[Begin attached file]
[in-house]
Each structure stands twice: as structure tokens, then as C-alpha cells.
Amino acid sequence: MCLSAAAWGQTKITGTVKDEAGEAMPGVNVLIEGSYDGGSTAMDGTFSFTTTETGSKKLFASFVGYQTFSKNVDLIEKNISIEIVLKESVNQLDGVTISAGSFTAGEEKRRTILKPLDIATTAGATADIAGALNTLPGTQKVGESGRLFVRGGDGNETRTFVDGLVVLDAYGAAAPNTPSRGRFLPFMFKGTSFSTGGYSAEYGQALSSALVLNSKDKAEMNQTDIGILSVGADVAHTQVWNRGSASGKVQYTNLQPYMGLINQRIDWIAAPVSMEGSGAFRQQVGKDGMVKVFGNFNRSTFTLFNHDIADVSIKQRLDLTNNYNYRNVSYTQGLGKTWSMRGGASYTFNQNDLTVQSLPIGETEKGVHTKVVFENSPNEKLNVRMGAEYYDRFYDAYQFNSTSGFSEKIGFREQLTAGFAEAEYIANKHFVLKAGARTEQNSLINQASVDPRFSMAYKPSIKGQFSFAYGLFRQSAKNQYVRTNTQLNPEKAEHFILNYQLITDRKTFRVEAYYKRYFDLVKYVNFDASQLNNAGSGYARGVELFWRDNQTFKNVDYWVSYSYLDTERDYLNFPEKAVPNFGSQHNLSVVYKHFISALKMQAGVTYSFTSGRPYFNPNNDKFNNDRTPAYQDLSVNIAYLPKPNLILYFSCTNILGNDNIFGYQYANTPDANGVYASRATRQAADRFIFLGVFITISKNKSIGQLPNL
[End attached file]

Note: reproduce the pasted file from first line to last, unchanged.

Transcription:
[in-house]
Each structure stands twice: as structure tokens, then as C-alpha cells.
Amino acid sequence: MCLSAAAWGQTKITGTVKDEAGEAMPGVNVLIEGSYDGGSTAMDGTFSFTTTETGSKKLFASFVGYQTFSKNVDLIEKNISIEIVLKESVNQLDGVTISAGSFTAGEEKRRTILKPLDIATTAGATADIAGALNTLPGTQKVGESGRLFVRGGDGNETRTFVDGLVVLDAYGAAAPNTPSRGRFLPFMFKGTSFSTGGYSAEYGQALSSALVLNSKDKAEMNQTDIGILSVGADVAHTQVWNRGSASGKVQYTNLQPYMGLINQRIDWIAAPVSMEGSGAFRQQVGKDGMVKVFGNFNRSTFTLFNHDIADVSIKQRLDLTNNYNYRNVSYTQGLGKTWSMRGGASYTFNQNDLTVQSLPIGETEKGVHTKVVFENSPNEKLNVRMGAEYYDRFYDAYQFNSTSGFSEKIGFREQLTAGFAEAEYIANKHFVLKAGARTEQNSLINQASVDPRFSMAYKPSIKGQFSFAYGLFRQSAKNQYVRTNTQLNPEKAEHFILNYQLITDRKTFRVEAYYKRYFDLVKYVNFDASQLNNAGSGYARGVELFWRDNQTFKNVDYWVSYSYLDTERDYLNFPEKAVPNFGSQHNLSVVYKHFISALKMQAGVTYSFTSGRPYFNPNNDKFNNDRTPAYQDLSVNIAYLPKPNLILYFSCTNILGNDNIFGYQYANTPDANGVYASRATRQAADRFIFLGVFITISKNKSIGQLPNL